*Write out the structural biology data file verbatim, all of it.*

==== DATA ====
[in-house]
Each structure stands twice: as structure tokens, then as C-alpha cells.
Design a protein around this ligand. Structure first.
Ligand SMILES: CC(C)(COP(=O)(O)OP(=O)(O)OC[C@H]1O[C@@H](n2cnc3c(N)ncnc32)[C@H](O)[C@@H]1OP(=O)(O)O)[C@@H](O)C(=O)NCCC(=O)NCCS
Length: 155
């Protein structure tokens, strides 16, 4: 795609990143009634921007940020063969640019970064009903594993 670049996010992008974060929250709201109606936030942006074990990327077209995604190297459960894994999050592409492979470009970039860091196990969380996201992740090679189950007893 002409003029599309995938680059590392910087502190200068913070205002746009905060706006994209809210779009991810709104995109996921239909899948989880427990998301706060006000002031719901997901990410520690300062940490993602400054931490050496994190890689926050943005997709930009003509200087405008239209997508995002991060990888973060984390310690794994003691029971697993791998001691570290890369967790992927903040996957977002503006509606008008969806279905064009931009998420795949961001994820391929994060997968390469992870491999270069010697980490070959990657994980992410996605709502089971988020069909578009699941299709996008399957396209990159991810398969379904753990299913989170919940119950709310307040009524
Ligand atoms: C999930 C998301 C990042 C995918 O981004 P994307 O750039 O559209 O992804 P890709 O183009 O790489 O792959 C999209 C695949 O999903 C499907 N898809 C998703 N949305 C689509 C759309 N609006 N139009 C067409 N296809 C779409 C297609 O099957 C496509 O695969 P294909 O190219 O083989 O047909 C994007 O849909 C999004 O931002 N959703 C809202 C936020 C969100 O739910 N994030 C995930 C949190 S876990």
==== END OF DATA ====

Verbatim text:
[in-house]
Each structure stands twice: as structure tokens, then as C-alpha cells.
Design a protein around this ligand. Structure first.
Ligand SMILES: CC(C)(COP(=O)(O)OP(=O)(O)OC[C@H]1O[C@@H](n2cnc3c(N)ncnc32)[C@H](O)[C@@H]1OP(=O)(O)O)[C@@H](O)C(=O)NCCC(=O)NCCS
Length: 155
């Protein structure tokens, strides 16, 4: 795609990143009634921007940020063969640019970064009903594993 670049996010992008974060929250709201109606936030942006074990990327077209995604190297459960894994999050592409492979470009970039860091196990969380996201992740090679189950007893 002409003029599309995938680059590392910087502190200068913070205002746009905060706006994209809210779009991810709104995109996921239909899948989880427990998301706060006000002031719901997901990410520690300062940490993602400054931490050496994190890689926050943005997709930009003509200087405008239209997508995002991060990888973060984390310690794994003691029971697993791998001691570290890369967790992927903040996957977002503006509606008008969806279905064009931009998420795949961001994820391929994060997968390469992870491999270069010697980490070959990657994980992410996605709502089971988020069909578009699941299709996008399957396209990159991810398969379904753990299913989170919940119950709310307040009524
Ligand atoms: C999930 C998301 C990042 C995918 O981004 P994307 O750039 O559209 O992804 P890709 O183009 O790489 O792959 C999209 C695949 O999903 C499907 N898809 C998703 N949305 C689509 C759309 N609006 N139009 C067409 N296809 C779409 C297609 O099957 C496509 O695969 P294909 O190219 O083989 O047909 C994007 O849909 C999004 O931002 N959703 C809202 C936020 C969100 O739910 N994030 C995930 C949190 S876990």